Fr. Kasperek, who led the building of a new church in Flintville in 1996, never wanted to leave for another assignment. During an interview with The Compass for his 50-year jubilee, he said, “I could have stayed there 60 years. I never gave the same homily. The parish was always vibrant.”

During his years as pastor, Ss. Edward and Isidore grew to 2,000 families. The parish, under his leadership, regularly supported causes worldwide, including building a school in India. Fr. Savio Samala of India, a concelebrant at the funeral Mass, described Fr. Kasperek as “a missionary at heart.”

Fr. Demuth served as the homilist at the funeral Mass. He said that gardening, fishing and hunting were more than pastimes for Fr. Kasperek, but also a means “so he could feed those around him.”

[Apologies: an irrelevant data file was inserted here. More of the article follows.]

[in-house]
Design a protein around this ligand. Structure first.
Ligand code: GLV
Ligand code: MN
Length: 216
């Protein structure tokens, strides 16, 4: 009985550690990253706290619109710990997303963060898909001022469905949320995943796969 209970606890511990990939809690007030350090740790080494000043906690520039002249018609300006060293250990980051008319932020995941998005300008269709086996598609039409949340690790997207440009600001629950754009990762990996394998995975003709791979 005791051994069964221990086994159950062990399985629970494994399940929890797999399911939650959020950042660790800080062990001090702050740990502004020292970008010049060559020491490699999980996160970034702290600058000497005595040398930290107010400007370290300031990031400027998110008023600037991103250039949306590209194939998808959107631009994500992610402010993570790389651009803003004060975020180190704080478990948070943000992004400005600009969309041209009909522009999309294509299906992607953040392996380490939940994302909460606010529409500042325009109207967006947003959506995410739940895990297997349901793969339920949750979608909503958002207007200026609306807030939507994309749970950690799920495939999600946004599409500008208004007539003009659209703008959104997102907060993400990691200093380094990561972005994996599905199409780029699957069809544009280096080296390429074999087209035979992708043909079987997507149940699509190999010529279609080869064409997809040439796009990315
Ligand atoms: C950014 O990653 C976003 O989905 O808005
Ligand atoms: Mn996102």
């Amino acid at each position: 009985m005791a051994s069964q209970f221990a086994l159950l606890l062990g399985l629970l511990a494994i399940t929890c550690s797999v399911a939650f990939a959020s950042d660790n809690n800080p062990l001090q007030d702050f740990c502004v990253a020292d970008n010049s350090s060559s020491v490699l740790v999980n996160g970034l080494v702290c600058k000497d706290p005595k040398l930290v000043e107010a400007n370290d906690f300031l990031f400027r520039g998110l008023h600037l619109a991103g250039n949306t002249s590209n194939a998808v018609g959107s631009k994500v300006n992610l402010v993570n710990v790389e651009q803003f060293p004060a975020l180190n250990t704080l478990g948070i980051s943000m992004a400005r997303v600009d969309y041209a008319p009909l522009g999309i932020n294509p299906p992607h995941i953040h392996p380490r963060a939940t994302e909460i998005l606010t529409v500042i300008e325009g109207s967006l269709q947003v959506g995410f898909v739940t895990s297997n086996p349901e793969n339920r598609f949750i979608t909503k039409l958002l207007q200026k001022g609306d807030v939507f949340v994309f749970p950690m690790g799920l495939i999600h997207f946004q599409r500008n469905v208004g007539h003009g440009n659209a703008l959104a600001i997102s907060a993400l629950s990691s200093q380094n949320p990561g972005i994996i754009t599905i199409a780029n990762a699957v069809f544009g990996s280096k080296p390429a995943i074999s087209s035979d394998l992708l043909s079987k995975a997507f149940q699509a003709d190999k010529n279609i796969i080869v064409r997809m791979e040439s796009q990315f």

Fr. Kasperek enjoyed working side-by-side with the people of the parish. He canned vegetables for the parish picnic and regularly gave food to others, including fish. Fr. Demuth still has perch in his freezer from his best friend.

“He would always say, ‘If you freeze them in water, they will be fresh whenever you pull them out,’” said Fr. Demuth with a laugh.

Feeding people in faith was evident in the days when Fr. Kasperek would travel to Lakewood to celebrate 10 Masses on a weekend at the church and the surrounding chapels, explained Fr. Demuth. “The people came for nourishment and he fed them with Christ,” he said.

Fr. Kasperek didn’t hesitate to challenge anyone, added Fr. Demuth, especially if he felt that the person was accepting mediocrity.